Cell Phone Lights Are Harming Florida's Pregnant Sea Turtles 

You wouldn’t ask a woman whose water just broke on the subway for a selfie.

Eric Sonstroem / Flickr

Sea turtles might be adorable, but they’re not fans of the spotlight — especially when it’s beaming out from your cellphone. In yet another consequence of the ubiquity of mobile technology for today’s works, Florida officials have warned beach-goers to leave turtles alone — and to specifically avoid scaring turtles with camera flashes or other lights, which can send pregnant moms back into the ocean.

It’s hard to argue that harassing a turtle on her way to make a nest and lay eggs is the worst. OK, fine — passing around a dying (or perhaps already dead) baby dolphin for pictures is the absolute worst, but this is a close second.

All of Florida’s sea turtle species are endangered, and they are very sensitive to artificial light. “It’s a problem not only when they take flash photos, which scares the turtles back into the water, but the phones also have flashlights that people use when they walk on the beach at night,” Joe Widlansky, a sea turtle biologist, told the Tampa Tribune.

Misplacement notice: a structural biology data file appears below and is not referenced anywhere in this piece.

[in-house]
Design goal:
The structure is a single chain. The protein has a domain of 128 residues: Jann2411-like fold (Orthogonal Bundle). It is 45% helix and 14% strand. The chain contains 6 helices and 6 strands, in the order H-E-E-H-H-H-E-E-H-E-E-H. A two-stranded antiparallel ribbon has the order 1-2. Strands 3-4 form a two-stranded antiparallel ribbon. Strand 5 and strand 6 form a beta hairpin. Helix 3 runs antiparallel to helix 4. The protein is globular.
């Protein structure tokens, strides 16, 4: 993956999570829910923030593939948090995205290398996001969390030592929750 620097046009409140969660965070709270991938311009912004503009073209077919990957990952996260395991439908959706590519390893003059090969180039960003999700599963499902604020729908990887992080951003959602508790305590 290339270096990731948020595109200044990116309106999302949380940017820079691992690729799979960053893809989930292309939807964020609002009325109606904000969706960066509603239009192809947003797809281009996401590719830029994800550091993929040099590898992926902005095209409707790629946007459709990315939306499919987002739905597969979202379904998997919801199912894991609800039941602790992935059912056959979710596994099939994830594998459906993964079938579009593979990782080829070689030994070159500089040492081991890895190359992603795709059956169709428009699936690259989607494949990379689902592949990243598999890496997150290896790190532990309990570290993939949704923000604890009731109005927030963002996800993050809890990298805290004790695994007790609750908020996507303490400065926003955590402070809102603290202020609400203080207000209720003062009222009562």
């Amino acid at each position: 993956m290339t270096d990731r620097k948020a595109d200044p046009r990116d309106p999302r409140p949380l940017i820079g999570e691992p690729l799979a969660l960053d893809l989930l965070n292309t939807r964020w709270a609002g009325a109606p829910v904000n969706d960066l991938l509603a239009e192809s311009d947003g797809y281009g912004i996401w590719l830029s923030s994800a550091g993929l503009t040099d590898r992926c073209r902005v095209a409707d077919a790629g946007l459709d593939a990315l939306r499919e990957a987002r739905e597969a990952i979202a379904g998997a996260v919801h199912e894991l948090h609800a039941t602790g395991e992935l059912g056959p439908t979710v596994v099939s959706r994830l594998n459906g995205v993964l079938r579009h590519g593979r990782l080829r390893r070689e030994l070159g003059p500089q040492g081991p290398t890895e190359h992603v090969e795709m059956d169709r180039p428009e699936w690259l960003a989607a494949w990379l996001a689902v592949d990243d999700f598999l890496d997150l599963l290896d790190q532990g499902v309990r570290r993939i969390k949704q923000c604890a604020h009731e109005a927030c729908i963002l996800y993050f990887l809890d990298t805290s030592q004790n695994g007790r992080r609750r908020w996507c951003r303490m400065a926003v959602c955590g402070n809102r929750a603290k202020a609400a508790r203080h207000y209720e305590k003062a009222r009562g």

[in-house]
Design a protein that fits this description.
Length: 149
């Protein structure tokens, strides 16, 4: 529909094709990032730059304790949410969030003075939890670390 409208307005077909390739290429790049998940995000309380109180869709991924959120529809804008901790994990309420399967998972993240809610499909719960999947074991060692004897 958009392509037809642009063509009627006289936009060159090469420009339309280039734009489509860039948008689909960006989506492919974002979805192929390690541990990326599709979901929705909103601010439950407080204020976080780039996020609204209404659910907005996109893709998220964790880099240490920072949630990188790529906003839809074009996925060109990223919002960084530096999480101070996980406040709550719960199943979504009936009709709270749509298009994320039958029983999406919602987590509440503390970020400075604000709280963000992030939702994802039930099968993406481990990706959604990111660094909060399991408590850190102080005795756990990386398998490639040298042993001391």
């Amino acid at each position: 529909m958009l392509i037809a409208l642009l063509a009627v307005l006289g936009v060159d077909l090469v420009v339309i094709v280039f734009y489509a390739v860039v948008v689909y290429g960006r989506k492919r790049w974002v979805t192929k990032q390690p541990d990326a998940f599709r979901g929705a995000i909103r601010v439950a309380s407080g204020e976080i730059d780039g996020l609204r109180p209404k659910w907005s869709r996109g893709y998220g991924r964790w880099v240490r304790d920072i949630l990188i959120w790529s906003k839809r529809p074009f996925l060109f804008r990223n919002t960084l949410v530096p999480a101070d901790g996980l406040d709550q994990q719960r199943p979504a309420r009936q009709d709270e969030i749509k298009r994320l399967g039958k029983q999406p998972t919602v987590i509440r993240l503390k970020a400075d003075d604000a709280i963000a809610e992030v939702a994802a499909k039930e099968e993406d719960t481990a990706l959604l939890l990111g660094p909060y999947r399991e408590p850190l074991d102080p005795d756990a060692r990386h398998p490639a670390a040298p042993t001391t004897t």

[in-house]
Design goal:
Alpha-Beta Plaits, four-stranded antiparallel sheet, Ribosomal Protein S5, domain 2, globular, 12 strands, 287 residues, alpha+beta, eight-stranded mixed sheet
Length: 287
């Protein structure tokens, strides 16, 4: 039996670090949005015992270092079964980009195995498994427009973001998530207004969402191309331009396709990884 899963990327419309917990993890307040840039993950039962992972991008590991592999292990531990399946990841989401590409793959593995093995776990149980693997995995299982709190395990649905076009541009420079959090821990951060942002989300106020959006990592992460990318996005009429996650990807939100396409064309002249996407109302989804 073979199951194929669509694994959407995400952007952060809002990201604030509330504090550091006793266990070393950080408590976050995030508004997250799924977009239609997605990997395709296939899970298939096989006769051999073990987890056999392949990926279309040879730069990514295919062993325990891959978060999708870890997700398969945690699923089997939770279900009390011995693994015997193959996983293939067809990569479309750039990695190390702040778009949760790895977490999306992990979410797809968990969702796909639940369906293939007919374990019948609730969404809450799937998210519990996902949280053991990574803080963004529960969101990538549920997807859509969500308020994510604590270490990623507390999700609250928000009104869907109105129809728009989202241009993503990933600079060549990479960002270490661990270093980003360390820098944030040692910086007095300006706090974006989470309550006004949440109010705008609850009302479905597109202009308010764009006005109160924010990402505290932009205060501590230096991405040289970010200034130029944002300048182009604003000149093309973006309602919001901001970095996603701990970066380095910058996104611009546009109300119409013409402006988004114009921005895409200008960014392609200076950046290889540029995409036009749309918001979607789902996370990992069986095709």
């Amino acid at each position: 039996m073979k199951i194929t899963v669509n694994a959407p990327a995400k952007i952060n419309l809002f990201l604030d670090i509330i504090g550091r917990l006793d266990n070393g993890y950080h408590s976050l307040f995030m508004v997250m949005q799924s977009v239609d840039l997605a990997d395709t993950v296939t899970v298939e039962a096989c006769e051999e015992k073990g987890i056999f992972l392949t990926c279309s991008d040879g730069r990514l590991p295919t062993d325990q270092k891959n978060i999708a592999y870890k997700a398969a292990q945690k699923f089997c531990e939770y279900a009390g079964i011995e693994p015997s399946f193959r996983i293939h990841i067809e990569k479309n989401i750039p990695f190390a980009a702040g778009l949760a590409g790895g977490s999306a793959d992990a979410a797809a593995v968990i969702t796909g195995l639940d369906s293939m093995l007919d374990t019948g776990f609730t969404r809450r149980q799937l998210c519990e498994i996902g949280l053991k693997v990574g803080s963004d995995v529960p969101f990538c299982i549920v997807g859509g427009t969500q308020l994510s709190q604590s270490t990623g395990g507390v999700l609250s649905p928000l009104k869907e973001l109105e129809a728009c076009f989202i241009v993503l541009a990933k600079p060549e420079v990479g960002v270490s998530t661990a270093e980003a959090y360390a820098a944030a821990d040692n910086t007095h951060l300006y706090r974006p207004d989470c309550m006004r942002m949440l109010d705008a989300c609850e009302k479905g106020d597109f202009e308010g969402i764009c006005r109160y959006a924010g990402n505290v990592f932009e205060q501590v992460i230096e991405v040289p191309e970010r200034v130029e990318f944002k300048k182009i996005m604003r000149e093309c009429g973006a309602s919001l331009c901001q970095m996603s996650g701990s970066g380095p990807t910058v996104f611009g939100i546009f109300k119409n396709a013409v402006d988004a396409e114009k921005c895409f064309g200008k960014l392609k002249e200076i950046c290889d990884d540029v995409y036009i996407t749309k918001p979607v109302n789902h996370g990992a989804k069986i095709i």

Sea turtles have enough to worry about without beach bums getting all up in their business. Climate change has warmed the beach environments where their eggs incubate, and because the sex of juveniles is determined by temperature, there are now more lady-turtles being born than dudes. On top of that, more frequent and more severe storms are washing out the beaches that hold the eggs. And in the ocean, the acidification of seawater threatens the coral reefs that turtles depend on for food and shelter.

People like hanging out on beaches. Sea turtles need access to human-free beaches in order to reproduce. You wouldn’t ask a pregnant woman whose water just broke on the subway for a selfie, so if you see a sea turtle on a beach, don’t become an amateur paparazzo and start snapping photos for Instagram — give her some space and let her do her thing.

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